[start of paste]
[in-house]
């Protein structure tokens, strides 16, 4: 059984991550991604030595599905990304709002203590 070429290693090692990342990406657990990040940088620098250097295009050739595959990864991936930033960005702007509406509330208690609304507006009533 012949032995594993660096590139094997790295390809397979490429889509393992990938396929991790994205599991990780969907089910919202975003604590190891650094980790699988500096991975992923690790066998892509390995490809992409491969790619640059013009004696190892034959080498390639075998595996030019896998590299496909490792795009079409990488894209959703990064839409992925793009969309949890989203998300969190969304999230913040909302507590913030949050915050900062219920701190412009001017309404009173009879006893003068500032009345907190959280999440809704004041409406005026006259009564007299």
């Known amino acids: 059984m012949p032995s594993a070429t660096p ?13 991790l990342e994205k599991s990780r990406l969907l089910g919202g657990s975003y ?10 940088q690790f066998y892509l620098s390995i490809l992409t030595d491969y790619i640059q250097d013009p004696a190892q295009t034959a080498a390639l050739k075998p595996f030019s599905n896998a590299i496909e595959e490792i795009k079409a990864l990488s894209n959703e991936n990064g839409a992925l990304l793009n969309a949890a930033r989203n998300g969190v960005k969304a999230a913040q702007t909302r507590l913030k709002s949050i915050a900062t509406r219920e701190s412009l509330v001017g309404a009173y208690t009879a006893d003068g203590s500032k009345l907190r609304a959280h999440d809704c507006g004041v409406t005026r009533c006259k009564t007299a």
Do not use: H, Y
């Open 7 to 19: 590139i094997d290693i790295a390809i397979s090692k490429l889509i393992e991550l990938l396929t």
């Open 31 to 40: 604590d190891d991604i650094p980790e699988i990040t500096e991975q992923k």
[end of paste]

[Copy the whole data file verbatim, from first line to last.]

[in-house]
């Protein structure tokens, strides 16, 4: 059984991550991604030595599905990304709002203590 070429290693090692990342990406657990990040940088620098250097295009050739595959990864991936930033960005702007509406509330208690609304507006009533 012949032995594993660096590139094997790295390809397979490429889509393992990938396929991790994205599991990780969907089910919202975003604590190891650094980790699988500096991975992923690790066998892509390995490809992409491969790619640059013009004696190892034959080498390639075998595996030019896998590299496909490792795009079409990488894209959703990064839409992925793009969309949890989203998300969190969304999230913040909302507590913030949050915050900062219920701190412009001017309404009173009879006893003068500032009345907190959280999440809704004041409406005026006259009564007299």
């Known amino acids: 059984m012949p032995s594993a070429t660096p ?13 991790l990342e994205k599991s990780r990406l969907l089910g919202g657990s975003y ?10 940088q690790f066998y892509l620098s390995i490809l992409t030595d491969y790619i640059q250097d013009p004696a190892q295009t034959a080498a390639l050739k075998p595996f030019s599905n896998a590299i496909e595959e490792i795009k079409a990864l990488s894209n959703e991936n990064g839409a992925l990304l793009n969309a949890a930033r989203n998300g969190v960005k969304a999230a913040q702007t909302r507590l913030k709002s949050i915050a900062t509406r219920e701190s412009l509330v001017g309404a009173y208690t009879a006893d003068g203590s500032k009345l907190r609304a959280h999440d809704c507006g004041v409406t005026r009533c006259k009564t007299a």
Do not use: H, Y
């Open 7 to 19: 590139i094997d290693i790295a390809i397979s090692k490429l889509i393992e991550l990938l396929t």
């Open 31 to 40: 604590d190891d991604i650094p980790e699988i990040t500096e991975q992923k």